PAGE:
You may have heard Jim Nantz mention the Official World Golf Ranking in less than flattering fashion during Saturday's Zurich Classic telecast and I'm guessing the normally diplomatic CBS anchor must have read last week's must see Golf World story by Mike Stachura.
In a nutshell, two Ivy League professors are preparing to show the world how the ranking is fundamentally and illogically biased. The incredibly influential ranking, which determins major championship fields and the 2016 Olympic Games field, is even worse than we thought. But based on some eye-opening quotes from PGA Tour VP Ty Votaw, Camp Ponte Vedra is all ears.
Just two of the hilarious-if-they-weren't-true findings.
* Francesco Molinari won the 2010 WGC-HSBC Champions event and earned 68 points for his victory. The tournament is an otherwise inconsequential, though high-prize-money event held well after the conclusion of the major championships at an undistinguished course in China. The problem: Molinari's point total was worth more than losing the playoff for this year's Masters.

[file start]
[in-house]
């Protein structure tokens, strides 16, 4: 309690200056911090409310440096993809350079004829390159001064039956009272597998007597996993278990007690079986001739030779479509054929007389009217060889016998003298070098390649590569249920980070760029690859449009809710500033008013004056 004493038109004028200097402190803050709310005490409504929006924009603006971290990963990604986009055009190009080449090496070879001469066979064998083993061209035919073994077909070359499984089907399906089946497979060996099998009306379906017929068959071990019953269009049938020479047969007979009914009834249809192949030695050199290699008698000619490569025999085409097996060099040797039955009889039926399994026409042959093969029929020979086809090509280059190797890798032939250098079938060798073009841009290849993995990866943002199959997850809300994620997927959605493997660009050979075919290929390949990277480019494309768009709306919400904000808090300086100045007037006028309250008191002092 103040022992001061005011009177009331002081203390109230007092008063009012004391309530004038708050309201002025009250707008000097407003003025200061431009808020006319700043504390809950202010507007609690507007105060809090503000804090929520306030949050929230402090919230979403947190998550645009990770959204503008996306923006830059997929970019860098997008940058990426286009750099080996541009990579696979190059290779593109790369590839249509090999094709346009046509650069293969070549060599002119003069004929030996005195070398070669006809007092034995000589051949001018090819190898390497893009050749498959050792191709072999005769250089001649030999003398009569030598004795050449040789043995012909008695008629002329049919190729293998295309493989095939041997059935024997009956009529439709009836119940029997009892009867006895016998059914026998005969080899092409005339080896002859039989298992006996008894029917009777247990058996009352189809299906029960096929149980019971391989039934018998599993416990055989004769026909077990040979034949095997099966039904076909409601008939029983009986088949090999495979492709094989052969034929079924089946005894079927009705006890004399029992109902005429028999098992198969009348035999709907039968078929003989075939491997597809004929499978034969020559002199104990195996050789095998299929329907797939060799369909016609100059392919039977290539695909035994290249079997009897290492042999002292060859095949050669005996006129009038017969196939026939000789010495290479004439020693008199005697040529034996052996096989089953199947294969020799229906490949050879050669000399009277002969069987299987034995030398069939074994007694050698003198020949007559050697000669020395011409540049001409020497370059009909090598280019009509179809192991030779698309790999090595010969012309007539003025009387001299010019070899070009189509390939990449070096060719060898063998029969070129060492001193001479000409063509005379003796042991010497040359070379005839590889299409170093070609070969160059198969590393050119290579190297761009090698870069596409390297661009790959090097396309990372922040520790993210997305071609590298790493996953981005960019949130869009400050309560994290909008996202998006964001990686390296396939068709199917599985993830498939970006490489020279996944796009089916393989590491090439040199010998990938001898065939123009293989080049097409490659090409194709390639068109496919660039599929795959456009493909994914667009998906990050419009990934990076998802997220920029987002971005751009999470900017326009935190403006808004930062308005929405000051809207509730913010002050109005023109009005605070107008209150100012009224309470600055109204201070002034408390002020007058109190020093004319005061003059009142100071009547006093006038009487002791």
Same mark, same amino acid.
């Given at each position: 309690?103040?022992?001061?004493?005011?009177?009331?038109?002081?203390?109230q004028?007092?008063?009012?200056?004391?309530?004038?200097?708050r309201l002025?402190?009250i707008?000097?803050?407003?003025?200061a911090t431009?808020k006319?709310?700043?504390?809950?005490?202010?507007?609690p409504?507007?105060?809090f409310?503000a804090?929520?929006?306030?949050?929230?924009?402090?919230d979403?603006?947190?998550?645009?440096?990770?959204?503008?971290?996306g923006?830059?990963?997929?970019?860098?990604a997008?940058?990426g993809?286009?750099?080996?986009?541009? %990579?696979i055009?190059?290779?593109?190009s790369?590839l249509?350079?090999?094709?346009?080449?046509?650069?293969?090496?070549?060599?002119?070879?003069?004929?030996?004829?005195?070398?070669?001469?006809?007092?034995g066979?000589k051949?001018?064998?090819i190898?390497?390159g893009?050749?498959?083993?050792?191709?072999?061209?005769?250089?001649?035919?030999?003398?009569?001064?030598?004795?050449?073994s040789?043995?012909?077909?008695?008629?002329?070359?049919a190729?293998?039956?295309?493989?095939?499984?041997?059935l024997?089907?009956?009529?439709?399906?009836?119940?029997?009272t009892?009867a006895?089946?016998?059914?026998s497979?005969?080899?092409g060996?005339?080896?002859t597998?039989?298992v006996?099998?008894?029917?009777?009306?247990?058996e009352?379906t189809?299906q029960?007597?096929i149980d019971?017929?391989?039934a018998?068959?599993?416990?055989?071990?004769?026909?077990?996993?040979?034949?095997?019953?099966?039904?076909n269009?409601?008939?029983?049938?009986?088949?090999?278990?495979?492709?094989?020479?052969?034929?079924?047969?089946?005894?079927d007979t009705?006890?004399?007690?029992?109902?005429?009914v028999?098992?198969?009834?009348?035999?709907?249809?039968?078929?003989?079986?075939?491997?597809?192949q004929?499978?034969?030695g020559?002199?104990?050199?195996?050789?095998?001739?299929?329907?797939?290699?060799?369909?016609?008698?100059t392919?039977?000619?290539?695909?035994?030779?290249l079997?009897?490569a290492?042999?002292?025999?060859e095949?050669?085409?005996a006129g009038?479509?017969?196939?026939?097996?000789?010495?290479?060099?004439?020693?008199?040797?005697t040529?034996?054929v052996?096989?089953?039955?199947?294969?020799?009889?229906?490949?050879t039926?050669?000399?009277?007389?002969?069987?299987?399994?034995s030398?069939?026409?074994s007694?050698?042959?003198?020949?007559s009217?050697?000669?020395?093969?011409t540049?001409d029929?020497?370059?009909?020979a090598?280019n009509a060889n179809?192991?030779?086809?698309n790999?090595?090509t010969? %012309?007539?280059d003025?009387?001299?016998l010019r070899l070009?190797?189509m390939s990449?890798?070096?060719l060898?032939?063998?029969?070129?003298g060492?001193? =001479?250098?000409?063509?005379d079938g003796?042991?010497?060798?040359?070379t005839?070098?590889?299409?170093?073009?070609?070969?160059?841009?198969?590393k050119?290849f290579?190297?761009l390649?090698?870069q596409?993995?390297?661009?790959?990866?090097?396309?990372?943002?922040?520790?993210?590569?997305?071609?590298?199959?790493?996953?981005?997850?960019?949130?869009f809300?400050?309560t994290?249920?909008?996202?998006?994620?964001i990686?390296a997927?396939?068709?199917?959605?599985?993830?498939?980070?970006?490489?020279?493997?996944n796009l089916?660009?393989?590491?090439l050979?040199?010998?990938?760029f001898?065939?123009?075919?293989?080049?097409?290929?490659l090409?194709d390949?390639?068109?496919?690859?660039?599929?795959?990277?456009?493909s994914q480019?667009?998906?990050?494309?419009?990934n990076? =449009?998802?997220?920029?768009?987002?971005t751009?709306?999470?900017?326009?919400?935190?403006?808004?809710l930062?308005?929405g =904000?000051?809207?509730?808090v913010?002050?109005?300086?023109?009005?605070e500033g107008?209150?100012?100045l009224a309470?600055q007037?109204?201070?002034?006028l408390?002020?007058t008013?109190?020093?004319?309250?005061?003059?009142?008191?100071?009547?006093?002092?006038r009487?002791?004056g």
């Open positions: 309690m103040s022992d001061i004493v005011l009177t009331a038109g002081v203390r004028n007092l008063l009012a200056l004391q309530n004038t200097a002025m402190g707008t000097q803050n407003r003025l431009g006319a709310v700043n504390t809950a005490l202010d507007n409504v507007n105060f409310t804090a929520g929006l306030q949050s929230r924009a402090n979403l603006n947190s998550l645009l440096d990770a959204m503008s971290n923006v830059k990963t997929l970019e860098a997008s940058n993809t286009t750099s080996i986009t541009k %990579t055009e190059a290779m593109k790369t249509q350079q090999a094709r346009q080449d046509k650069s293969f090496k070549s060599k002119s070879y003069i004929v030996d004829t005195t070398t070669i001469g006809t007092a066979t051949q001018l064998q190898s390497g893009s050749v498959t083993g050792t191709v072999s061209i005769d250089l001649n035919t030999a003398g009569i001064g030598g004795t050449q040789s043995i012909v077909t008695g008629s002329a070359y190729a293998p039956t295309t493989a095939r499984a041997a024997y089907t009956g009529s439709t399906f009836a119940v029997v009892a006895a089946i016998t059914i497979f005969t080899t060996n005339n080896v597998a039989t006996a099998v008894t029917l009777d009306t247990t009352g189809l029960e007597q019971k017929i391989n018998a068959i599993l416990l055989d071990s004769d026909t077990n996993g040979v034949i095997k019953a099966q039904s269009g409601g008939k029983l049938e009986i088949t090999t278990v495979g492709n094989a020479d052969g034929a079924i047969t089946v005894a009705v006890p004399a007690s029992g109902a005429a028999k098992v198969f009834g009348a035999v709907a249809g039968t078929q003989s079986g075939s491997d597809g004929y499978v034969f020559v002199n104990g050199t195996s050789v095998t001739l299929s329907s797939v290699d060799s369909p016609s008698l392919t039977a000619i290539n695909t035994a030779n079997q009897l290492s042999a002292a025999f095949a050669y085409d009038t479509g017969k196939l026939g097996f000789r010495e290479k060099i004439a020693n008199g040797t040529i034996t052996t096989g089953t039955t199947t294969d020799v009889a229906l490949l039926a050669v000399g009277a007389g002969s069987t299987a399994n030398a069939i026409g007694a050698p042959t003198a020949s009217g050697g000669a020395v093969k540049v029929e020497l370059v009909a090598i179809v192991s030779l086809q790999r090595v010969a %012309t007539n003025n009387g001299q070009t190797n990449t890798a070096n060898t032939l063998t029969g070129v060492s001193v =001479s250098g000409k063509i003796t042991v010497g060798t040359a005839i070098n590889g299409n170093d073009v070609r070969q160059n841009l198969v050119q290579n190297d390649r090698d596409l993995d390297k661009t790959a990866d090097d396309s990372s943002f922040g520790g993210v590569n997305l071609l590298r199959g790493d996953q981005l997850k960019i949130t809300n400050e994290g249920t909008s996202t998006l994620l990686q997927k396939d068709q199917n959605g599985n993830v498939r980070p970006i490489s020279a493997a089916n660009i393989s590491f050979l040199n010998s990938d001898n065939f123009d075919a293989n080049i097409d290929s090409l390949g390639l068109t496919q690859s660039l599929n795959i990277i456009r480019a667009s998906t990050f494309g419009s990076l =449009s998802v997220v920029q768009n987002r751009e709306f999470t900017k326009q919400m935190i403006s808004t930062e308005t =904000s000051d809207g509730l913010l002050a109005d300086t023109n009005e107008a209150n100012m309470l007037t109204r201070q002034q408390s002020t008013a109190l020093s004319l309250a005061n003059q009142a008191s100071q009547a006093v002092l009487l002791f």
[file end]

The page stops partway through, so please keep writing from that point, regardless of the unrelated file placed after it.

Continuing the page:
* K.T. Kim is a rising Korean player with an admirable local record in Asian events but a pair of missed cuts and a T-59 in his last three major championships. He earned 32 points when he won the Japan Open in 2010, more than what he would have earned for finishing fourth in the PGA Championship. But he didn't finish fourth, he finished T-59.
And the PGA Tour's position...
The PGA Tour's Ty Votaw, executive vice president of communications and international affairs, says the PGA Tour is looking at the Broadie/Rendleman study. "We feel the insights Dr. Broadie and Dr. Rendleman presented are very interesting and worth further study, and based on the results of the peer review of the professors' work, we will share that paper with the OWGR Technical Committee for analysis," he wrote in an email to Golf World.